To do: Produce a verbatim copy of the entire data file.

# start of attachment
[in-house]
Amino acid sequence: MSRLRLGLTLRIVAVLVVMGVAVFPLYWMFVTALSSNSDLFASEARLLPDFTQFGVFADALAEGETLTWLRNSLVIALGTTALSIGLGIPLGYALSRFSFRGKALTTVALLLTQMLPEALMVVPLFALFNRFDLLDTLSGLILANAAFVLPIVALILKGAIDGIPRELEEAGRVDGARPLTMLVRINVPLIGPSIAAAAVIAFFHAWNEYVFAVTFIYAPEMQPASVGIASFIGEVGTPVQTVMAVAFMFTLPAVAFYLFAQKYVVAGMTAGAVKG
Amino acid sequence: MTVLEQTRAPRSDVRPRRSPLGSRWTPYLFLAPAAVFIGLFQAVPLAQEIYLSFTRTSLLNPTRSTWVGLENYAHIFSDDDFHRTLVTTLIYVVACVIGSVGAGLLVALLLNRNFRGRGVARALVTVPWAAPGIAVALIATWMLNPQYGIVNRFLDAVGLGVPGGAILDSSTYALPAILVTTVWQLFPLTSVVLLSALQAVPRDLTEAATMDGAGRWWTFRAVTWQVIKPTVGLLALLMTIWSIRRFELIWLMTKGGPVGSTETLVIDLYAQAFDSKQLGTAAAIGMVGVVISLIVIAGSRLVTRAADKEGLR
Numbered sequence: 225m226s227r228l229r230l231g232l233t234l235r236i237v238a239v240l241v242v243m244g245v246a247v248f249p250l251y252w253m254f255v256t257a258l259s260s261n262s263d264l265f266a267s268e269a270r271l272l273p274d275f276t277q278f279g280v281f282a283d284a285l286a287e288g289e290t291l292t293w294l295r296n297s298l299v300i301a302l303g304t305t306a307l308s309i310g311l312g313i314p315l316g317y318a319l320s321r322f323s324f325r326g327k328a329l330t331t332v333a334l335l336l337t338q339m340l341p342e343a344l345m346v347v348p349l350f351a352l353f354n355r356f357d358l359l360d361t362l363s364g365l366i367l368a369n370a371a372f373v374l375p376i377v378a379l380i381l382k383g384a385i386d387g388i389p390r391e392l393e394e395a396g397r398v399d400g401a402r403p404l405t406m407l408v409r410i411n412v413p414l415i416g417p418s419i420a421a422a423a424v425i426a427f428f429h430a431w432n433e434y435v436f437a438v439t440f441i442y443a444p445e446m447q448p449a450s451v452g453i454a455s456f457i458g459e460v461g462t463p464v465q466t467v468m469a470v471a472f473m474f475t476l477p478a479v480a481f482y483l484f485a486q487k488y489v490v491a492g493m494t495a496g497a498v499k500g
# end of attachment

[in-house]
Amino acid sequence: MSRLRLGLTLRIVAVLVVMGVAVFPLYWMFVTALSSNSDLFASEARLLPDFTQFGVFADALAEGETLTWLRNSLVIALGTTALSIGLGIPLGYALSRFSFRGKALTTVALLLTQMLPEALMVVPLFALFNRFDLLDTLSGLILANAAFVLPIVALILKGAIDGIPRELEEAGRVDGARPLTMLVRINVPLIGPSIAAAAVIAFFHAWNEYVFAVTFIYAPEMQPASVGIASFIGEVGTPVQTVMAVAFMFTLPAVAFYLFAQKYVVAGMTAGAVKG
Amino acid sequence: MTVLEQTRAPRSDVRPRRSPLGSRWTPYLFLAPAAVFIGLFQAVPLAQEIYLSFTRTSLLNPTRSTWVGLENYAHIFSDDDFHRTLVTTLIYVVACVIGSVGAGLLVALLLNRNFRGRGVARALVTVPWAAPGIAVALIATWMLNPQYGIVNRFLDAVGLGVPGGAILDSSTYALPAILVTTVWQLFPLTSVVLLSALQAVPRDLTEAATMDGAGRWWTFRAVTWQVIKPTVGLLALLMTIWSIRRFELIWLMTKGGPVGSTETLVIDLYAQAFDSKQLGTAAAIGMVGVVISLIVIAGSRLVTRAADKEGLR
Numbered sequence: 225m226s227r228l229r230l231g232l233t234l235r236i237v238a239v240l241v242v243m244g245v246a247v248f249p250l251y252w253m254f255v256t257a258l259s260s261n262s263d264l265f266a267s268e269a270r271l272l273p274d275f276t277q278f279g280v281f282a283d284a285l286a287e288g289e290t291l292t293w294l295r296n297s298l299v300i301a302l303g304t305t306a307l308s309i310g311l312g313i314p315l316g317y318a319l320s321r322f323s324f325r326g327k328a329l330t331t332v333a334l335l336l337t338q339m340l341p342e343a344l345m346v347v348p349l350f351a352l353f354n355r356f357d358l359l360d361t362l363s364g365l366i367l368a369n370a371a372f373v374l375p376i377v378a379l380i381l382k383g384a385i386d387g388i389p390r391e392l393e394e395a396g397r398v399d400g401a402r403p404l405t406m407l408v409r410i411n412v413p414l415i416g417p418s419i420a421a422a423a424v425i426a427f428f429h430a431w432n433e434y435v436f437a438v439t440f441i442y443a444p445e446m447q448p449a450s451v452g453i454a455s456f457i458g459e460v461g462t463p464v465q466t467v468m469a470v471a472f473m474f475t476l477p478a479v480a481f482y483l484f485a486q487k488y489v490v491a492g493m494t495a496g497a498v499k500g